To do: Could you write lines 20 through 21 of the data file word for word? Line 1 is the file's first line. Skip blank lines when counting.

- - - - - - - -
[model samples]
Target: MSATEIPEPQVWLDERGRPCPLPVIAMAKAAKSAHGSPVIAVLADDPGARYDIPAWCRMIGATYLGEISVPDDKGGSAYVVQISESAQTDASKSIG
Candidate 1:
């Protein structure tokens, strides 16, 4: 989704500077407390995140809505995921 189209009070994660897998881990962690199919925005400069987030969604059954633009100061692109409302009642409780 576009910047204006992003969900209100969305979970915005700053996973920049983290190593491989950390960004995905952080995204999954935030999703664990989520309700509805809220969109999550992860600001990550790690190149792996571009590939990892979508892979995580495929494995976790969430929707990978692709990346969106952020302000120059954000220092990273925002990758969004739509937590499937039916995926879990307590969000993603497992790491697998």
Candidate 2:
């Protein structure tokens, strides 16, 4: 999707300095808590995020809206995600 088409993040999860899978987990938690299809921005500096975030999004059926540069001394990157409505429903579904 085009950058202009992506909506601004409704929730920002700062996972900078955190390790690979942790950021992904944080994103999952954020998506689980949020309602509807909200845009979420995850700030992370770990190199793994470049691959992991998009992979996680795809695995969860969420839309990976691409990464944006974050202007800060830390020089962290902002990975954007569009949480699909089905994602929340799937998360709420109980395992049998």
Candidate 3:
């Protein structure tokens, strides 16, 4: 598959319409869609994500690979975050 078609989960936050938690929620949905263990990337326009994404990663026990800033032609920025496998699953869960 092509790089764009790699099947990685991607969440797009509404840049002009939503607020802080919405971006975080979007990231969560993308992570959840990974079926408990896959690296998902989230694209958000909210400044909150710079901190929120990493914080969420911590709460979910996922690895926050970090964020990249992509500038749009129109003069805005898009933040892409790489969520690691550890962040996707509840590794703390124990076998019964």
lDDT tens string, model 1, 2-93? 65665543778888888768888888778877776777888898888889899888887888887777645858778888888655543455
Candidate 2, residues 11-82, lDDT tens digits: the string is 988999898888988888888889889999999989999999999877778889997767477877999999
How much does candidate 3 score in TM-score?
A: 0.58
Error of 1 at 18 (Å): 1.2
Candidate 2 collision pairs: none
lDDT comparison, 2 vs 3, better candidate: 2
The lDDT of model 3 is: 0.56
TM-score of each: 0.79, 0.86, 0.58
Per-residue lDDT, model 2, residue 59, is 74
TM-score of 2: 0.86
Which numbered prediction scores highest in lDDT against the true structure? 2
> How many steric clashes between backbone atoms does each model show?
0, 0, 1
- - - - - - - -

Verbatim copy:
Which numbered prediction scores highest in lDDT against the true structure? 2
> How many steric clashes between backbone atoms does each model show?